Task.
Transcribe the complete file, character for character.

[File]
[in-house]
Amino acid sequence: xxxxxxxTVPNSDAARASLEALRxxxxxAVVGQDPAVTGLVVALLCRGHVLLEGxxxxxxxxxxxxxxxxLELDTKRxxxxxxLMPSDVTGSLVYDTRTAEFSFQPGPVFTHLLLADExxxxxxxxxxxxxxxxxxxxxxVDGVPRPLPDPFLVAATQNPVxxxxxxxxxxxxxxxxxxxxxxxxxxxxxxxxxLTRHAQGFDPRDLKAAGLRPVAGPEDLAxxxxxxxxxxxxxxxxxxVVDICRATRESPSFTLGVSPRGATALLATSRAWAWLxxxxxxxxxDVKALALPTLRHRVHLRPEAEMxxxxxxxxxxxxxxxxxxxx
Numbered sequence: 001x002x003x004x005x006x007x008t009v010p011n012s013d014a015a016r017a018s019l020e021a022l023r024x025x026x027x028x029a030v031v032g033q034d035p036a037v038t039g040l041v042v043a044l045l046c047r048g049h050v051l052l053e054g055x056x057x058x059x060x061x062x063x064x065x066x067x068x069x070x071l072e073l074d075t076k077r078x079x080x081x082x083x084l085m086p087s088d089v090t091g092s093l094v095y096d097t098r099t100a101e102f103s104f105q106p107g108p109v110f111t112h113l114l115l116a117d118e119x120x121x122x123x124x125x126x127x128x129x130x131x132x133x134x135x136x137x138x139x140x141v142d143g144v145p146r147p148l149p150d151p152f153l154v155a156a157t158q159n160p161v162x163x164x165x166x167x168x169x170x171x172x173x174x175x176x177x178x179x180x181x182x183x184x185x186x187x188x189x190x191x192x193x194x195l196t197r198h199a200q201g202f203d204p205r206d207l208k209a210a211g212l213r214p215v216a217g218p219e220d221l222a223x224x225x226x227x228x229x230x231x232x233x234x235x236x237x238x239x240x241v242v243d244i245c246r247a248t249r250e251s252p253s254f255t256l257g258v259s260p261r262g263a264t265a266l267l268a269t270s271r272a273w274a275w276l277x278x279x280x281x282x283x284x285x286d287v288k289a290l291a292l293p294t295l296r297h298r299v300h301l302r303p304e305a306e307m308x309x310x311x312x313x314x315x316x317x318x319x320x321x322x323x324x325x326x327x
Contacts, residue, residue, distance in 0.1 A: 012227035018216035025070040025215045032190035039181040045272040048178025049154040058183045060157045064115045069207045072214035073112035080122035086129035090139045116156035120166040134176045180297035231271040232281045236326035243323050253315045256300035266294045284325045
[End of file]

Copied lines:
[in-house]
Amino acid sequence: xxxxxxxTVPNSDAARASLEALRxxxxxAVVGQDPAVTGLVVALLCRGHVLLEGxxxxxxxxxxxxxxxxLELDTKRxxxxxxLMPSDVTGSLVYDTRTAEFSFQPGPVFTHLLLADExxxxxxxxxxxxxxxxxxxxxxVDGVPRPLPDPFLVAATQNPVxxxxxxxxxxxxxxxxxxxxxxxxxxxxxxxxxLTRHAQGFDPRDLKAAGLRPVAGPEDLAxxxxxxxxxxxxxxxxxxVVDICRATRESPSFTLGVSPRGATALLATSRAWAWLxxxxxxxxxDVKALALPTLRHRVHLRPEAEMxxxxxxxxxxxxxxxxxxxx
Numbered sequence: 001x002x003x004x005x006x007x008t009v010p011n012s013d014a015a016r017a018s019l020e021a022l023r024x025x026x027x028x029a030v031v032g033q034d035p036a037v038t039g040l041v042v043a044l045l046c047r048g049h050v051l052l053e054g055x056x057x058x059x060x061x062x063x064x065x066x067x068x069x070x071l072e073l074d075t076k077r078x079x080x081x082x083x084l085m086p087s088d089v090t091g092s093l094v095y096d097t098r099t100a101e102f103s104f105q106p107g108p109v110f111t112h113l114l115l116a117d118e119x120x121x122x123x124x125x126x127x128x129x130x131x132x133x134x135x136x137x138x139x140x141v142d143g144v145p146r147p148l149p150d151p152f153l154v155a156a157t158q159n160p161v162x163x164x165x166x167x168x169x170x171x172x173x174x175x176x177x178x179x180x181x182x183x184x185x186x187x188x189x190x191x192x193x194x195l196t197r198h199a200q201g202f203d204p205r206d207l208k209a210a211g212l213r214p215v216a217g218p219e220d221l222a223x224x225x226x227x228x229x230x231x232x233x234x235x236x237x238x239x240x241v242v243d244i245c246r247a248t249r250e251s252p253s254f255t256l257g258v259s260p261r262g263a264t265a266l267l268a269t270s271r272a273w274a275w276l277x278x279x280x281x282x283x284x285x286d287v288k289a290l291a292l293p294t295l296r297h298r299v300h301l302r303p304e305a306e307m308x309x310x311x312x313x314x315x316x317x318x319x320x321x322x323x324x325x326x327x
Contacts, residue, residue, distance in 0.1 A: 012227035018216035025070040025215045032190035039181040045272040048178025049154040058183045060157045064115045069207045072214035073112035080122035086129035090139045116156035120166040134176045180297035231271040232281045236326035243323050253315045256300035266294045284325045